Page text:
Filed under: SEO / SEM
Posted by randfish
When I started in the SEO field (circa 2003), the job responsibilities weren’t easy, but the list was relatively small. Over the next 5 years, those responsibilities increased, but it was primarily in tactical and knowledge sorts of ways. A 2003 vs. 2008 rundown might look something like:
(Notes on image above: There’s some over-simplification in this list, and some items cross the artificial 2003 barrier a bit)
The last 2.5 years, however, have made for some fairly substantive changes. We’re facing large-scale, industry-shifting trends that have upset the classic model for search engine optimization, including:
- Google’s Vince update and others like it where search engines are biasing toward brands over smaller, lesser-known sites.
- Panda and the focus on user behavior, trust and authority of sites based on their look/feel/content style/etc. has changed what it means to do SEO, just as the Florida update did at the end of 2003.
- The shift in web user behavior toward social media – more than 20% of our time spent online is spent on social.
- Fragmentation of the social media market: LinkedIn just passed MySpace to become the #2 social network in the US, and Twitter, Facebook, Tumblr, Reddit, StumbleUpon (and soon, Google+, IMO) all have 10million+ active users. FourSquare also just passed that mark.
- The powerful increase in content creation as a marketing tool for businesses. 57% of companies in Hubspot’s recent survey run an active blog!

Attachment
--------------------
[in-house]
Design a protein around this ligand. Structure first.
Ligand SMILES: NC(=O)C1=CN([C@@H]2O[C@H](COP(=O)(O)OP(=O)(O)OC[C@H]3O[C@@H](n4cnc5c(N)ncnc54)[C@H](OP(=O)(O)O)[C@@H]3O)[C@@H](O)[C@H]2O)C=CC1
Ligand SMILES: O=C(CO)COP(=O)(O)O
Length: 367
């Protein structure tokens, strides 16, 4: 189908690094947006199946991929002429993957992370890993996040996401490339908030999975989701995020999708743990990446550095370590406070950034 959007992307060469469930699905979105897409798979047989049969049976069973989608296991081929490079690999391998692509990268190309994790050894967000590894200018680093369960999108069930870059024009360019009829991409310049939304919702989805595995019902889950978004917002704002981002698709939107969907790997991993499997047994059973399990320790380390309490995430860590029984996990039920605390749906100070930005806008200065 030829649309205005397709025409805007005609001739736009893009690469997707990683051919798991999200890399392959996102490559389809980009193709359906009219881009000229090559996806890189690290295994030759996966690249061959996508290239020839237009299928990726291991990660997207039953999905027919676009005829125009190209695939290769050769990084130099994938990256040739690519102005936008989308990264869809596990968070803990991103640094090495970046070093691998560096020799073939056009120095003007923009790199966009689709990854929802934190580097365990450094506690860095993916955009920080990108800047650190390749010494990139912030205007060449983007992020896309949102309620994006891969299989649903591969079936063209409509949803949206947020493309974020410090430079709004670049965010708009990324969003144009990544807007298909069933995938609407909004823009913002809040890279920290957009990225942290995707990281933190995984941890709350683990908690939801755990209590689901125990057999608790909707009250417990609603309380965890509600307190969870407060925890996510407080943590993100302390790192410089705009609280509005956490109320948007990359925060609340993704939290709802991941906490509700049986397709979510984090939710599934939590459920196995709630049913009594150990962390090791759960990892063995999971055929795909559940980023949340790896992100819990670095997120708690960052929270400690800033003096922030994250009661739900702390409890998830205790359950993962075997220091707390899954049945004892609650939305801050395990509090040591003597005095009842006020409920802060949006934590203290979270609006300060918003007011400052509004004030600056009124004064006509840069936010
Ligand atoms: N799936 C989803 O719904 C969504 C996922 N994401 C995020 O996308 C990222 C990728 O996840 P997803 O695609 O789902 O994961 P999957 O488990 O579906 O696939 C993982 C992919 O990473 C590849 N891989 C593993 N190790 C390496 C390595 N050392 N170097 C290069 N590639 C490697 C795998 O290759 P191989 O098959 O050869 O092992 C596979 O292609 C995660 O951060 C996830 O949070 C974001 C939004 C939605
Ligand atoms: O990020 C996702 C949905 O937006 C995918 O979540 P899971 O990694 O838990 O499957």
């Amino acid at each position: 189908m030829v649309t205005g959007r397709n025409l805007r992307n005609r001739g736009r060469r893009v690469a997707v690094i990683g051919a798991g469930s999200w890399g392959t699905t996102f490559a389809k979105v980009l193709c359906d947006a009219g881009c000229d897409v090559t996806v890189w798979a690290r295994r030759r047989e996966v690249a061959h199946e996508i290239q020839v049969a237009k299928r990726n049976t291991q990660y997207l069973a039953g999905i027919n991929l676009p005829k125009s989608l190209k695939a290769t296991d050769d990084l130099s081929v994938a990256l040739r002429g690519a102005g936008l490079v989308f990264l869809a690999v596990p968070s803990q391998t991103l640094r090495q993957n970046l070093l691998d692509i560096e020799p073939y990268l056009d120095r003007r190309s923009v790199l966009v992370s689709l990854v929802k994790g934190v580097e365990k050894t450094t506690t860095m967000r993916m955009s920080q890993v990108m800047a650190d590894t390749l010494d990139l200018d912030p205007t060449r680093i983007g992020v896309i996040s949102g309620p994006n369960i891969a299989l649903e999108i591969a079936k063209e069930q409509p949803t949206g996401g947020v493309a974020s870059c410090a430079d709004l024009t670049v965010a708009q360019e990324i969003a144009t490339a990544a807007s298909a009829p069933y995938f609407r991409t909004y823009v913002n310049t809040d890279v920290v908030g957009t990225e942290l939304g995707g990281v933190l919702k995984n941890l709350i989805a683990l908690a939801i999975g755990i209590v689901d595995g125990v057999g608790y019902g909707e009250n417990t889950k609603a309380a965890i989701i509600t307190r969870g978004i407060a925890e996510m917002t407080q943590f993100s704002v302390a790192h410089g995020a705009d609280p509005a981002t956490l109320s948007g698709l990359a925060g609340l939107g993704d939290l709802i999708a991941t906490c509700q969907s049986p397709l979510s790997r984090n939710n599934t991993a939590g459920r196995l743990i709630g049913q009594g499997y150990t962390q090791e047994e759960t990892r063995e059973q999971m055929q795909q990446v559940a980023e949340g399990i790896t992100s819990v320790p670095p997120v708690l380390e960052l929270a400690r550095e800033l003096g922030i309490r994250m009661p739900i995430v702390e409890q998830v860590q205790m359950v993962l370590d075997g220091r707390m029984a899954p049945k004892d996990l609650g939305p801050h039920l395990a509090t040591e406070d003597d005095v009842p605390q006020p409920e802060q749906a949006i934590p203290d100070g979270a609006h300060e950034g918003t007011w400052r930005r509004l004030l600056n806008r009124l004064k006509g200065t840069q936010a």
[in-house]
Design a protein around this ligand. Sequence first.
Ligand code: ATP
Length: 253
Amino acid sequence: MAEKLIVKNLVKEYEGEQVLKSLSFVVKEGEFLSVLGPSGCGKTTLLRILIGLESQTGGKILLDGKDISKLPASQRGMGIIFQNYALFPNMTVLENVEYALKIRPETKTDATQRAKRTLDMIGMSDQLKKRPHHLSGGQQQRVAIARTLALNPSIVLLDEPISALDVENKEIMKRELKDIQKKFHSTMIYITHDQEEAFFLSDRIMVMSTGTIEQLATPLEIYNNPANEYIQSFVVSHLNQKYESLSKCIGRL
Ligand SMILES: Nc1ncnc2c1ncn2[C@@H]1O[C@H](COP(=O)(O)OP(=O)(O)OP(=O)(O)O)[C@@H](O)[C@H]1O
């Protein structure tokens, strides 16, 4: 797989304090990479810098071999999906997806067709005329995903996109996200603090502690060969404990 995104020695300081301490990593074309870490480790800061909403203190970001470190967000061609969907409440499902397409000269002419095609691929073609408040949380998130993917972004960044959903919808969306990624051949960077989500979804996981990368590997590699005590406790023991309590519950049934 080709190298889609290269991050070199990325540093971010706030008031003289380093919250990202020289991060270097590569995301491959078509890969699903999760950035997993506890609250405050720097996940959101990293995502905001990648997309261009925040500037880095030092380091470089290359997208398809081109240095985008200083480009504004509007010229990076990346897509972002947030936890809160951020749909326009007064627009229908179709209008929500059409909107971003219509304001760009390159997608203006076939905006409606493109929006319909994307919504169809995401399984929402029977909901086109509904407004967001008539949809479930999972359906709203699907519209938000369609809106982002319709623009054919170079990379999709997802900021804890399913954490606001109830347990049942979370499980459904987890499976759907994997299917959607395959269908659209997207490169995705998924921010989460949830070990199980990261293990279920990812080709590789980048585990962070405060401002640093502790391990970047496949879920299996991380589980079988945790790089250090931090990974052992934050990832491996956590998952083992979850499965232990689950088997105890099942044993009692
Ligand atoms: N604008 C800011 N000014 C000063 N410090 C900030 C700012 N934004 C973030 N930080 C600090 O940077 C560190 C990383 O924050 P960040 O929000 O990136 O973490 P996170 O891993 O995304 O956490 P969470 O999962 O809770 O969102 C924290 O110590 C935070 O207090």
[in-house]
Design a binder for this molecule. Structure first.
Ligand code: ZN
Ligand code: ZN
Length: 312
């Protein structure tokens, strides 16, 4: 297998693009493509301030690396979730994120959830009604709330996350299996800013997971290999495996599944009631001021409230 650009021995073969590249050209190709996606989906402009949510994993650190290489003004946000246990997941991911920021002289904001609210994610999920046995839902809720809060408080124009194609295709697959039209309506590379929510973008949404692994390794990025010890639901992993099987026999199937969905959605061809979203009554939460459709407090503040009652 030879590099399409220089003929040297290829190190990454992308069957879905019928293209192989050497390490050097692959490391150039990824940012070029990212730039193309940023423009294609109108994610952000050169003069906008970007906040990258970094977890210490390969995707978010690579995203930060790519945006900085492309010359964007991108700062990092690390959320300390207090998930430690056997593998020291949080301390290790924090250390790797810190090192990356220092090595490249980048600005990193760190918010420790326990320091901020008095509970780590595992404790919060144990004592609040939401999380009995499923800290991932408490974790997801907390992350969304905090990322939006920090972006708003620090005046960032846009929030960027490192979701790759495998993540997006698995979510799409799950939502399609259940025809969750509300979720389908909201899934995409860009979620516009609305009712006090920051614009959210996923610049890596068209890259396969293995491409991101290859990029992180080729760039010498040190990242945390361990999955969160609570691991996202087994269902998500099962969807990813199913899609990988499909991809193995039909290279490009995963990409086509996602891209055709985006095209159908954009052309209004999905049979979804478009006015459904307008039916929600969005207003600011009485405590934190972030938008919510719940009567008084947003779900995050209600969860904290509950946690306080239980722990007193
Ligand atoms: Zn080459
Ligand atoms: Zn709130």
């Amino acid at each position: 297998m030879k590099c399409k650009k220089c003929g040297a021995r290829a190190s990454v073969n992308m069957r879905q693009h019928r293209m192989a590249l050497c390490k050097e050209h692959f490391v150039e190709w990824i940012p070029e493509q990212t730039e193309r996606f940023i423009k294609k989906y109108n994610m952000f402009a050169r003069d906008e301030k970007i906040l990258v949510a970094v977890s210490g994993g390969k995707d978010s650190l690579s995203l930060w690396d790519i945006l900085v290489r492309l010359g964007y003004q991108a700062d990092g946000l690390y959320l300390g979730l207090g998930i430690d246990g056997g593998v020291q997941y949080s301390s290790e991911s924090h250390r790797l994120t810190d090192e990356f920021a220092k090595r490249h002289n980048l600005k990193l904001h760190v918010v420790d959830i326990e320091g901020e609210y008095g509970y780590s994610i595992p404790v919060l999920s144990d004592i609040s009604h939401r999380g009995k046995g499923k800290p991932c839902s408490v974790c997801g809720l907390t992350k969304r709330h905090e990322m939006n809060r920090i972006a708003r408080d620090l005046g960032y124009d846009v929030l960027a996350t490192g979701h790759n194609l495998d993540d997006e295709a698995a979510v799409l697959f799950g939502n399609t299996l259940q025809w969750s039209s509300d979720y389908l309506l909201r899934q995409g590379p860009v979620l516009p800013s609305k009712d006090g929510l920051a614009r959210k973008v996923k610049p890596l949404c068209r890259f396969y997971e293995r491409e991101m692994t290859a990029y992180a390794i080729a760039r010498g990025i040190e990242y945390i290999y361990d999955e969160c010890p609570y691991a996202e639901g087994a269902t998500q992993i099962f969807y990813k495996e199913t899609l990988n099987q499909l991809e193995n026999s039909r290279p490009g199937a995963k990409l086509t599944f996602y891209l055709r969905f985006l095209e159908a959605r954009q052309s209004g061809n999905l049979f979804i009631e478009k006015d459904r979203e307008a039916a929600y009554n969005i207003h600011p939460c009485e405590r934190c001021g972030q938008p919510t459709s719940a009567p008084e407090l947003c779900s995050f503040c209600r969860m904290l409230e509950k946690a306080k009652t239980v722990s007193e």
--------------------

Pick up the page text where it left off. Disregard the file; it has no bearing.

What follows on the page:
- An overwhelming increase in mobile and, thus, local search/web usage leads to portals like Google Maps, Bing Maps, Yelp, Citysearch, UrbanSpoon, FourSquare, etc. offering massive potential value to local businesses and service providers.
- The recession in 2008 caused a massive change in how businesses think about employment – human resources are nearly the last thing companies will add to their costs, and while that’s generating amazing profits, it’s having a rough impact on employment. As a part of this trend, SEOs have been asked to shoulder many new and heavy burdens.
Thus, we’re faced with a picture where the responsibilities of SEOs looks more like this:
(Note: Some of these are due to changes in SEO itself, and others due to the additional expectations placed on those performing SEO)
If you’re in the SEO field, this shift is both a positive and a negative. If you can keep up with the workload, manage all the metrics, reporting, data and platforms AND perform effectively in all of these spheres, you’re likely able to charge outsized fees (or earn a much higher salary). If you remain tactical and niche, you’re either going to be undervalued or you’ll need to find ways to make that specialization and the ROI you can earn visible to your clients/managers.
The job of an "SEO" is so much more than what we think of and talk about as the basics of classic "Search Engine Optimization" that it almost feels as though we deserve a new title… and probably a raise
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